Reusable IP, not system-level language, has become the new level of abstraction.
Ron Wilson, Editor-at-Large -- EDN, August 11, 2011
To deal with increasing complexity, you must increase your level of abstraction. So goes the truism. But as Moore’s Law accelerates the complexity of SOCs (systems on chips) toward escape velocity, where do you find a new abstraction to supplement RTL (register-transfer level)? Many observers, noting that textual, hardware-oriented RTL replaced schematics, argue by analogy that a system-description language, such as SystemC, will provide the next great abstraction. That scenario didn’t happen, however.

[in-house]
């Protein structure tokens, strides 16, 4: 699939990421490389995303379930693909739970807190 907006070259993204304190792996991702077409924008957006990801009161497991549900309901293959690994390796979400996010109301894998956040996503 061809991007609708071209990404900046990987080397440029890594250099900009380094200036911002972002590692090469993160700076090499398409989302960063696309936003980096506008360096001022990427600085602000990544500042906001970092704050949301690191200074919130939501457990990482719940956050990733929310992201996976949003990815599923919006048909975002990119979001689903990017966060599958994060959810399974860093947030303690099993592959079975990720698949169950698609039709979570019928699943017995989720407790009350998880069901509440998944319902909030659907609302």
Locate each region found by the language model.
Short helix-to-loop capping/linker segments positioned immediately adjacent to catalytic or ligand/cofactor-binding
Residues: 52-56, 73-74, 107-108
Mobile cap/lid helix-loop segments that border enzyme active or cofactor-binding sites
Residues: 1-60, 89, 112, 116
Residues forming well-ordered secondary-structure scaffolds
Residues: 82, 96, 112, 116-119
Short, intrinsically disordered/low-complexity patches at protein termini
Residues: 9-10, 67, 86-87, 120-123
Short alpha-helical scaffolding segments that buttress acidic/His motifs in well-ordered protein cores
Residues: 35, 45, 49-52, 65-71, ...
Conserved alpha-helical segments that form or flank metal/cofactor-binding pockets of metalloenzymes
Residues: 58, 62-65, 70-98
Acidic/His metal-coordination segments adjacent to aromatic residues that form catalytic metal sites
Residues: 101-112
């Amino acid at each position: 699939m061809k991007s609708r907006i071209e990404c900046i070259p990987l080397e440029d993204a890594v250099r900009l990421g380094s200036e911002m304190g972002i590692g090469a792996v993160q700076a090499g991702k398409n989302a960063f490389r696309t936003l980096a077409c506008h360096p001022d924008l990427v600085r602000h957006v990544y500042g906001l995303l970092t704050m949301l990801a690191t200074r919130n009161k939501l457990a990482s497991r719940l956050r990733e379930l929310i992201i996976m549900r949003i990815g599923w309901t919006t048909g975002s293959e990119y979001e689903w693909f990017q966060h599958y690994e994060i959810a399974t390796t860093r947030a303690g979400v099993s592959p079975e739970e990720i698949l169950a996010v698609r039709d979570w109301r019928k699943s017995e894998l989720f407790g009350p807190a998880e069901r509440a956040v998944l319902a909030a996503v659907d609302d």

“Reusable IP [intellectual property] is the new level of abstraction,” says Ajoy Bose, chairman, president, and chief executive officer of Atrenta. If you examine what SOC-design teams are doing, you’ll find that creating an SOC is a process of finding, characterizing, and assembling previously used IP. Design-creation tools, whether SystemC, Verilog, or schematics, find a role only in filling in the blanks—the proprietary functions and connective tissue of the IC. But today’s design flows, as broad-spectrum-EDA companies, the foundries, and most SOC designers conceive them, have been slow to recognize this reality. Look at your tools, and you would think that every SOC begins with a set of functional requirements and a clean sheet of paper. Instead, consider what really goes on in an SOC design and what conclusions you can extract from these observations.
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